In an opinion piece for Food Safety News, Dr. Mel Kramer mentions a modest proposal for new USDA food-labeling guidelines: require all chicken to carry the warning “Caution. Improper cooking of this product may be hazardous to your health.”
The potential dangerousness of undercooked chicken is pretty well-known (in the old cartoon sitcom King of the Hill, there was a one-off joke about how very ill the Hank Hill character became, that time his not-too-intelligent wife tried making “chicken tartare”), yet this knowledge does not prevent periodic salmonella outbreaks.
For example: in October 2013, Costco had to recall a large quantity of rotisserie chicken products sold in southern California, due to salmonella contamination.
Chicken containing salmonella is still safe to eat, provided it is cooked in its entirety to a sustained temperature of 165 degrees (which is fatal to pathogens like salmonella). Presumably the rotisserie chickens had some slightly cooler internal pockets offering shelter to salmonella germs, though of course, even undercooked chicken wouldn't be a problem if there were no salmonella present in the first place.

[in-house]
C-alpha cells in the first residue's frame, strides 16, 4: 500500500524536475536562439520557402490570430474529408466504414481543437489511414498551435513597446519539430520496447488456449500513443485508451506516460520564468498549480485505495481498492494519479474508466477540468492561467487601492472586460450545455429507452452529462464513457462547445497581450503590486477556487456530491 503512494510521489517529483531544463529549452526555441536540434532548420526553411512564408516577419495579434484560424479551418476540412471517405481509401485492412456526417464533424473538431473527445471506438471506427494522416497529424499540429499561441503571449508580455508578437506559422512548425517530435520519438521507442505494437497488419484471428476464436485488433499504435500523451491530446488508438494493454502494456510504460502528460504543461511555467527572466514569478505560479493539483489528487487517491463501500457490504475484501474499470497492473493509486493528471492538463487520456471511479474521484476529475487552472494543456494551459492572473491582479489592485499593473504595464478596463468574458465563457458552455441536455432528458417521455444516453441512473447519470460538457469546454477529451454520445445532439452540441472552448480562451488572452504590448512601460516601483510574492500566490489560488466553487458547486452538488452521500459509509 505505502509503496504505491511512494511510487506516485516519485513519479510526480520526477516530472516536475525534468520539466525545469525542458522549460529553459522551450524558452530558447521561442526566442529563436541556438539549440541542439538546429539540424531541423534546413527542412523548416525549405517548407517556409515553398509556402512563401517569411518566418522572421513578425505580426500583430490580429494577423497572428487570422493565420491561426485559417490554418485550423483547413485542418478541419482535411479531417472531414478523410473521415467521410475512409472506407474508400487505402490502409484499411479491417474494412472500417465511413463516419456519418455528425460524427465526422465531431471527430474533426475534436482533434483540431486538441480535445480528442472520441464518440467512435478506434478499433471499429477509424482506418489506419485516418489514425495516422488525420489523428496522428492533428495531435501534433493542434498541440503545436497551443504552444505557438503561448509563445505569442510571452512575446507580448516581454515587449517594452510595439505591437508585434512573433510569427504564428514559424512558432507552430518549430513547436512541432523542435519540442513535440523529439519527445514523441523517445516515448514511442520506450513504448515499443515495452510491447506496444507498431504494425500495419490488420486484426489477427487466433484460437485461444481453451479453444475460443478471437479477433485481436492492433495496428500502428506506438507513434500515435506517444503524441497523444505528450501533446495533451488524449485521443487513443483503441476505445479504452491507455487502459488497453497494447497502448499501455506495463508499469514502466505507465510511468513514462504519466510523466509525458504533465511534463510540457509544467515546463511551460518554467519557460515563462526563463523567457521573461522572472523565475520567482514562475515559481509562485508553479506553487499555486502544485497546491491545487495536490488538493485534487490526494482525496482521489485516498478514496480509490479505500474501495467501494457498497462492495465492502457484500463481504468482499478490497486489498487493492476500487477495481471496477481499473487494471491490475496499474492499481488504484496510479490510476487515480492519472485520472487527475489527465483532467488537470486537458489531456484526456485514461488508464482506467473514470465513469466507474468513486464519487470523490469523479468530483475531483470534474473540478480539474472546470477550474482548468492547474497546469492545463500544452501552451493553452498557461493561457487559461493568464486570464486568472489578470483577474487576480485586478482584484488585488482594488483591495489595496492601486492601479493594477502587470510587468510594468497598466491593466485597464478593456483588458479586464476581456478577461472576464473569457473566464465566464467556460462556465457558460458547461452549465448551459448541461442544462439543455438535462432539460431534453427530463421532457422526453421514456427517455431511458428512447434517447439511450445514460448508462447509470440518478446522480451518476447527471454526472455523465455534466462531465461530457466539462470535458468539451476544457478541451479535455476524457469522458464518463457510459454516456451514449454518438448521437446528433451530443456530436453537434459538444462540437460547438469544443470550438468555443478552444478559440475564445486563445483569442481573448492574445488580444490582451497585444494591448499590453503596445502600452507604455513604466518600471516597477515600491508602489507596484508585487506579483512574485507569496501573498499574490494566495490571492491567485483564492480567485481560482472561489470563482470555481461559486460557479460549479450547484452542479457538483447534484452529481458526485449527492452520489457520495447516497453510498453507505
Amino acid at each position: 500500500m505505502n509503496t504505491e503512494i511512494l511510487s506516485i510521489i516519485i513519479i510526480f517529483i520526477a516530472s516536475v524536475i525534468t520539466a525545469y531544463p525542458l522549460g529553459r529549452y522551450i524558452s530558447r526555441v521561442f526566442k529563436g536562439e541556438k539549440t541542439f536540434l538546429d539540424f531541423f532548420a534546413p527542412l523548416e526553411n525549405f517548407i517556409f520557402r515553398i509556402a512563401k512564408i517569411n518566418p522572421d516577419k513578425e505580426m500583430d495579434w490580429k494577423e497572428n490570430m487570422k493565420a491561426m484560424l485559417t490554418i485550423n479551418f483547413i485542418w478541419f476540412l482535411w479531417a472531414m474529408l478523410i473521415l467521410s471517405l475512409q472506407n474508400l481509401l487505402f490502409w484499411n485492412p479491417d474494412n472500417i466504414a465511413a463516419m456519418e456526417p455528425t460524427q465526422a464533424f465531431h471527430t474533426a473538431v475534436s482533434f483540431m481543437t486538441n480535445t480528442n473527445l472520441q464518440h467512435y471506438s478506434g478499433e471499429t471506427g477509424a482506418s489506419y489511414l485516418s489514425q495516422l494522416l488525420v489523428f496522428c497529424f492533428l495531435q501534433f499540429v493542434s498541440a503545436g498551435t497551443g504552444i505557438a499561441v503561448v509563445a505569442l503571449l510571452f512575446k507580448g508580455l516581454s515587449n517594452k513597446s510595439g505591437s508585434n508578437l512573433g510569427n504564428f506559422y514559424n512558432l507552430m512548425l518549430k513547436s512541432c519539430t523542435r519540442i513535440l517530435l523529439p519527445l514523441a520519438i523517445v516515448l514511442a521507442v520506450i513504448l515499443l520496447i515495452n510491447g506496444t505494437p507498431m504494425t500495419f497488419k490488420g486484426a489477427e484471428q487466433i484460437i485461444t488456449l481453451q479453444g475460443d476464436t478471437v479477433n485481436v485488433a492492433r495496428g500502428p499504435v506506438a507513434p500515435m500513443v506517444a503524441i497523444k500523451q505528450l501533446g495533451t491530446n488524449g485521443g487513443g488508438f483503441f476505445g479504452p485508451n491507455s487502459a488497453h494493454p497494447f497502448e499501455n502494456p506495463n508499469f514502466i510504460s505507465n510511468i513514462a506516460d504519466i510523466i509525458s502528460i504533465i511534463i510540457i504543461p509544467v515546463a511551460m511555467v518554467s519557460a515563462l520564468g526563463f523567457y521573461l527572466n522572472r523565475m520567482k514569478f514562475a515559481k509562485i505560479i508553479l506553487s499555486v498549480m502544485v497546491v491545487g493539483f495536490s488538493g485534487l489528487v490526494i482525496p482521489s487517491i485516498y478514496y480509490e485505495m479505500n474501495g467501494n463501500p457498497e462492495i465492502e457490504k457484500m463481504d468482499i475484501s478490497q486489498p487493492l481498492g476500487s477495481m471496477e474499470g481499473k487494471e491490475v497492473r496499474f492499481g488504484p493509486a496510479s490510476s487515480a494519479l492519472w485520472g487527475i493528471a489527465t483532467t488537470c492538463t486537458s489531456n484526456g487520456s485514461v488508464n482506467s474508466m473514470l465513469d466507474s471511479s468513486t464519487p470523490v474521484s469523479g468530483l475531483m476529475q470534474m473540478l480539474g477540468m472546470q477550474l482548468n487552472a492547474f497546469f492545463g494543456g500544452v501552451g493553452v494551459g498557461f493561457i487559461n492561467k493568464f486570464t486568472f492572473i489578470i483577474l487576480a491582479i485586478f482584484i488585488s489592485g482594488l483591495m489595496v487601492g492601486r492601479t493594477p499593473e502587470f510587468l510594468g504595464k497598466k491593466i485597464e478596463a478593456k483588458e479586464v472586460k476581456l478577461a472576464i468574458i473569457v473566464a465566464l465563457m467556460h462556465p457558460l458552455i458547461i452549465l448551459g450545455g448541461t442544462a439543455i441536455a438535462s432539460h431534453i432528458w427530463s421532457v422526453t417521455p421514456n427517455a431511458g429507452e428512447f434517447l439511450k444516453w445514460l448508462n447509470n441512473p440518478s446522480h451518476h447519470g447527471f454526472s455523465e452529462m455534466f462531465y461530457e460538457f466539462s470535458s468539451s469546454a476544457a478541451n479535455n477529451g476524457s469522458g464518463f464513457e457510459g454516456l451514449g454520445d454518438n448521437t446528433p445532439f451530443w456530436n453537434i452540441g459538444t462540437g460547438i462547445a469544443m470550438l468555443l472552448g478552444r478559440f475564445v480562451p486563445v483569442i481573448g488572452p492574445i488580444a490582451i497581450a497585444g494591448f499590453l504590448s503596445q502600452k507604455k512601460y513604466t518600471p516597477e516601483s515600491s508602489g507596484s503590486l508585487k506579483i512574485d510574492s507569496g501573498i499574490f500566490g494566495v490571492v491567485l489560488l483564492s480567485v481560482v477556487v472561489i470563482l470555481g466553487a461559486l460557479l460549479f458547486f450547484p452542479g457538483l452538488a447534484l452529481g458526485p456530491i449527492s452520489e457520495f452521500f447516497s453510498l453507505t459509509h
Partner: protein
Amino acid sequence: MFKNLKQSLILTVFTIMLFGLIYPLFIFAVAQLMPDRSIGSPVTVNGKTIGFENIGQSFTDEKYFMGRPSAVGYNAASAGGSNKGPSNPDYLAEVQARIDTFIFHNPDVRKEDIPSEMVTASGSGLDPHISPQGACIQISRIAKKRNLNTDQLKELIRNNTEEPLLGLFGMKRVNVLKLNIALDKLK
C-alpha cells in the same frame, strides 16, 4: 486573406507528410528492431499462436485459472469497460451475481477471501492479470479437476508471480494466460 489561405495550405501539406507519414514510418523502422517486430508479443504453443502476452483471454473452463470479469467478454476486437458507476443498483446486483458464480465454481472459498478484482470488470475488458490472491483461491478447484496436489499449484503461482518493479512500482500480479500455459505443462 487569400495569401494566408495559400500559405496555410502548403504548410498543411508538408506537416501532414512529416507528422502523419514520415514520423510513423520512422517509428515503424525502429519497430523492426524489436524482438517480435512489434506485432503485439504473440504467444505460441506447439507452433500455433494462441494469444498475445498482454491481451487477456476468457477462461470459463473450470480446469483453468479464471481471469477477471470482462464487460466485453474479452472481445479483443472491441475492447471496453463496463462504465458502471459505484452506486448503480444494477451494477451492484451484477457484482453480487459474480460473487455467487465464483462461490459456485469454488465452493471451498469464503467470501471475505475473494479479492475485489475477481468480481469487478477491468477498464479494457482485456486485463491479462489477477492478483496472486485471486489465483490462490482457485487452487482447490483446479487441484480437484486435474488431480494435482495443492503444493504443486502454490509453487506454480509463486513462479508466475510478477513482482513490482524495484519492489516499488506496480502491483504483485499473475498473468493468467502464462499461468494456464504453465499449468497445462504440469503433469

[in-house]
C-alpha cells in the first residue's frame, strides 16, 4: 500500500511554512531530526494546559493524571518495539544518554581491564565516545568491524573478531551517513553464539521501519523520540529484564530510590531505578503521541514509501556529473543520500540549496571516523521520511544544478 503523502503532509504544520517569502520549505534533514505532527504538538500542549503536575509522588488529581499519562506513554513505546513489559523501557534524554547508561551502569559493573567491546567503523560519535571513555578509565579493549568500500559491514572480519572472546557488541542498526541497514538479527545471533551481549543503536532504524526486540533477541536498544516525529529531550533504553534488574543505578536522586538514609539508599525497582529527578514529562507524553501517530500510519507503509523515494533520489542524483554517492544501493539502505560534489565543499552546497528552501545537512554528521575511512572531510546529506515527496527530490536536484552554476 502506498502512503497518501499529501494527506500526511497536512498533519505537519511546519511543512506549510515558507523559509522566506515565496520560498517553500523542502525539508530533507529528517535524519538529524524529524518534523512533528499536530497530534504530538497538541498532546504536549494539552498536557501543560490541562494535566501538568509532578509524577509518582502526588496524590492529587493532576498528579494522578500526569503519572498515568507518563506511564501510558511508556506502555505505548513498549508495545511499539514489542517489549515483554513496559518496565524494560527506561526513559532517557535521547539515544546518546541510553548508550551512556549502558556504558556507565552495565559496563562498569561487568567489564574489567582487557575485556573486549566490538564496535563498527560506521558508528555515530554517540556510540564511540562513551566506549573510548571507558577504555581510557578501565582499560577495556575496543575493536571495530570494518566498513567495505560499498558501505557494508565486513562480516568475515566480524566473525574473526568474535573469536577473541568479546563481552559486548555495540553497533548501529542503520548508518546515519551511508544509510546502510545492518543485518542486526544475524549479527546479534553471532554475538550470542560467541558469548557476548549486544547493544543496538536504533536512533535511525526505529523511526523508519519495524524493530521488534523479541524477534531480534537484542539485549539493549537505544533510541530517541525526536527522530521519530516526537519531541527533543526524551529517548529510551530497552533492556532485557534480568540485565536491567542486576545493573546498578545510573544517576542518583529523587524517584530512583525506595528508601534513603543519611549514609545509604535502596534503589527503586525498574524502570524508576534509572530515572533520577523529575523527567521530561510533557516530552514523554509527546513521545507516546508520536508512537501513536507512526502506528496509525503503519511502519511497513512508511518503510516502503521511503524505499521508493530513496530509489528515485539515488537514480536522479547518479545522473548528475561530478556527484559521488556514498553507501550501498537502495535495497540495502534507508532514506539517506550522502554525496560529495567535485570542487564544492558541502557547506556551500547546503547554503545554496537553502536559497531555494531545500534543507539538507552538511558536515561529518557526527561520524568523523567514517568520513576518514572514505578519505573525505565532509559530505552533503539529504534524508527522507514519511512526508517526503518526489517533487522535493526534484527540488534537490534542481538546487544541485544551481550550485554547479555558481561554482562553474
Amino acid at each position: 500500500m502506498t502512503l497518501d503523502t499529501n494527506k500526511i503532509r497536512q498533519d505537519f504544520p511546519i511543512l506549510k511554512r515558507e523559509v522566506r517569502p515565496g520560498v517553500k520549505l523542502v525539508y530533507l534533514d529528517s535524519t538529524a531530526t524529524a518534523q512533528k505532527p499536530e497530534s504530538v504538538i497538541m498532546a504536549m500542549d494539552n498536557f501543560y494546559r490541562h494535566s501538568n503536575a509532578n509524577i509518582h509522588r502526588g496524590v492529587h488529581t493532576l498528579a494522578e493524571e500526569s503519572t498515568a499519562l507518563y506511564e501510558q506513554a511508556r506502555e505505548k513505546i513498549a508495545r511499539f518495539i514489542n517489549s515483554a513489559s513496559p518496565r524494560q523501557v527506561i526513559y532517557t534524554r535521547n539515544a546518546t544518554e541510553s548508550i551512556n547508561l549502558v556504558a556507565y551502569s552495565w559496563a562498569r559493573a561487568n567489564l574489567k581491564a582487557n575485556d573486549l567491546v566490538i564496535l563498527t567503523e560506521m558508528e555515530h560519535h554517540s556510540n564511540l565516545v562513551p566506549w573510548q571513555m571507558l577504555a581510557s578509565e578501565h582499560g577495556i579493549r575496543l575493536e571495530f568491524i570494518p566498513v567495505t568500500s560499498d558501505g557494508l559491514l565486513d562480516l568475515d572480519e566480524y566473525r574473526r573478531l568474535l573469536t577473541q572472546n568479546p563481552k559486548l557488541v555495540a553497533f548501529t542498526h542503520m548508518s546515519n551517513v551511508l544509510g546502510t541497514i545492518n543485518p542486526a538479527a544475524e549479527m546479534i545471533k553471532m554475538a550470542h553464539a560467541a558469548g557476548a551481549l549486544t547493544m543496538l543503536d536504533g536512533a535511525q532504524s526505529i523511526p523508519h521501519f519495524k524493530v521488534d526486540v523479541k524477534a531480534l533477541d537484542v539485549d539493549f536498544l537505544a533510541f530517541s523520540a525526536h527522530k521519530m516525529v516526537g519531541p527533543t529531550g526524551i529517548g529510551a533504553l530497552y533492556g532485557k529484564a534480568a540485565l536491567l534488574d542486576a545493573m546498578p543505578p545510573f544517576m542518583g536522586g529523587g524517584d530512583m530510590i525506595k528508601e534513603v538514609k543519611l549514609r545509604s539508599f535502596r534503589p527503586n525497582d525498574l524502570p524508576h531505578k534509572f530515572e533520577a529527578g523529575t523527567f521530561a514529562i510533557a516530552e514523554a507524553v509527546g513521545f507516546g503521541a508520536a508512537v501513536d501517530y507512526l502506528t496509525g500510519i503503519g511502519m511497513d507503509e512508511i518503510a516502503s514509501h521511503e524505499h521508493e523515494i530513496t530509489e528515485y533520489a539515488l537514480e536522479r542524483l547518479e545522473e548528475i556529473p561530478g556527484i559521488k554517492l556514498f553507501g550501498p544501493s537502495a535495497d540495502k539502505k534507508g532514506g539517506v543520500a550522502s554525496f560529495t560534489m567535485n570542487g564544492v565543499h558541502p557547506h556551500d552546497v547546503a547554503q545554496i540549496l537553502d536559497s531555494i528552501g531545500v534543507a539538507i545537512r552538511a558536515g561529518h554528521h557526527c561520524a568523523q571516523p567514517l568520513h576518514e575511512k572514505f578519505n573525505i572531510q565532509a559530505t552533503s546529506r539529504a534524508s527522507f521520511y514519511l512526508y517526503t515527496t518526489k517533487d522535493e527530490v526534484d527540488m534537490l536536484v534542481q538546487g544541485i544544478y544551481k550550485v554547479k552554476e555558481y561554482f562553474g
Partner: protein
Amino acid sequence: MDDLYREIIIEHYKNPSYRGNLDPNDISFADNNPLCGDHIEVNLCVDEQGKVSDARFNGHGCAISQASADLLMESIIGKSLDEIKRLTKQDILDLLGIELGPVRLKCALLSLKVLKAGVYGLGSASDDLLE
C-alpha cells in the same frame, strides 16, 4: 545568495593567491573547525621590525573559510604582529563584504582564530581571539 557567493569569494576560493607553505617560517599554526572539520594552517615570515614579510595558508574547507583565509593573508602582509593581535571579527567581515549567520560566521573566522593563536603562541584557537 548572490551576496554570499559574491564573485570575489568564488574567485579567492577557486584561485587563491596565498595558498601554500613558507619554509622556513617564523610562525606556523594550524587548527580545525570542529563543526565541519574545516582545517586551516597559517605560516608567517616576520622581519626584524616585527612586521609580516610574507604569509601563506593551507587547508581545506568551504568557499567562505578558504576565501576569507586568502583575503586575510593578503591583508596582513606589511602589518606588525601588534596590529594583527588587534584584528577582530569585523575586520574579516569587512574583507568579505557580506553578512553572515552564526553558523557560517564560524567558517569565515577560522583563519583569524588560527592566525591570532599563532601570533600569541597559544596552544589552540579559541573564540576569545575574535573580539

Unfortunately, according to Kramer, up to 50 percent of all federally inspected poultry tests positive for salmonella; given current technological limits, completely eradicating salmonella from the pre-cooked chicken supply would not be possible without irradiating all of it, currently a highly controversial notion.
What to do
Unless and until this happens, however, you can protect yourself by following basic food-handling and preparation guidelines:
- Keep all chicken refrigerated or frozen.
- Thaw frozen chicken in the refrigerator or microwave.
- Keep raw meat and poultry separate from other foods, to avoid cross-contamination.
- Wash working surfaces (including cutting boards), utensils, and hands after touching raw meat or poultry.
- Cook thoroughly to achieve an internal temperature of at least 165 degrees Fahrenheit.
- Keep hot foods hot, and refrigerator or discard all leftovers immediately.